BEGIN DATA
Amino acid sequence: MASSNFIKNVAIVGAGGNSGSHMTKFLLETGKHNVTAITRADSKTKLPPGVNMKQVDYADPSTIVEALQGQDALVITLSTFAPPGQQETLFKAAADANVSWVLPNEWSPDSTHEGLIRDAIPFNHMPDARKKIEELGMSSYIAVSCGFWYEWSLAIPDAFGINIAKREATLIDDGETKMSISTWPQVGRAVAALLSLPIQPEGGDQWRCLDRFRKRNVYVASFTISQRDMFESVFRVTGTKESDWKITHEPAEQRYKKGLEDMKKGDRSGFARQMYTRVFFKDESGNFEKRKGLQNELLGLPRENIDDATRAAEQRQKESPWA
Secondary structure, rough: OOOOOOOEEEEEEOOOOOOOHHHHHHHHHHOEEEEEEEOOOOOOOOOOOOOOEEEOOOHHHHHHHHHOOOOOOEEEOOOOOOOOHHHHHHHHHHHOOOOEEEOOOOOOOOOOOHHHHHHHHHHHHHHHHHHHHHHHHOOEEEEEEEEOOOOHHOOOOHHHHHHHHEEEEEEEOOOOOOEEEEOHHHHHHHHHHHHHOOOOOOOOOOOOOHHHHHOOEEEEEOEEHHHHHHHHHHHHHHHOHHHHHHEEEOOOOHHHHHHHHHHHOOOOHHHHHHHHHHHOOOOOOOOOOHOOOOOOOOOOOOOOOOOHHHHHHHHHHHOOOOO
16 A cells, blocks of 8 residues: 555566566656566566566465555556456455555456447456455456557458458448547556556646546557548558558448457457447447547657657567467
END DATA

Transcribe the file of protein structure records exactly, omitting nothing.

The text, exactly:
Amino acid sequence: MASSNFIKNVAIVGAGGNSGSHMTKFLLETGKHNVTAITRADSKTKLPPGVNMKQVDYADPSTIVEALQGQDALVITLSTFAPPGQQETLFKAAADANVSWVLPNEWSPDSTHEGLIRDAIPFNHMPDARKKIEELGMSSYIAVSCGFWYEWSLAIPDAFGINIAKREATLIDDGETKMSISTWPQVGRAVAALLSLPIQPEGGDQWRCLDRFRKRNVYVASFTISQRDMFESVFRVTGTKESDWKITHEPAEQRYKKGLEDMKKGDRSGFARQMYTRVFFKDESGNFEKRKGLQNELLGLPRENIDDATRAAEQRQKESPWA
Secondary structure, rough: OOOOOOOEEEEEEOOOOOOOHHHHHHHHHHOEEEEEEEOOOOOOOOOOOOOOEEEOOOHHHHHHHHHOOOOOOEEEOOOOOOOOHHHHHHHHHHHOOOOEEEOOOOOOOOOOOHHHHHHHHHHHHHHHHHHHHHHHHOOEEEEEEEEOOOOHHOOOOHHHHHHHHEEEEEEEOOOOOOEEEEOHHHHHHHHHHHHHOOOOOOOOOOOOOHHHHHOOEEEEEOEEHHHHHHHHHHHHHHHOHHHHHHEEEOOOOHHHHHHHHHHHOOOOHHHHHHHHHHHOOOOOOOOOOHOOOOOOOOOOOOOOOOOHHHHHHHHHHHOOOOO
16 A cells, blocks of 8 residues: 555566566656566566566465555556456455555456447456455456557458458448547556556646546557548558558448457457447447547657657567467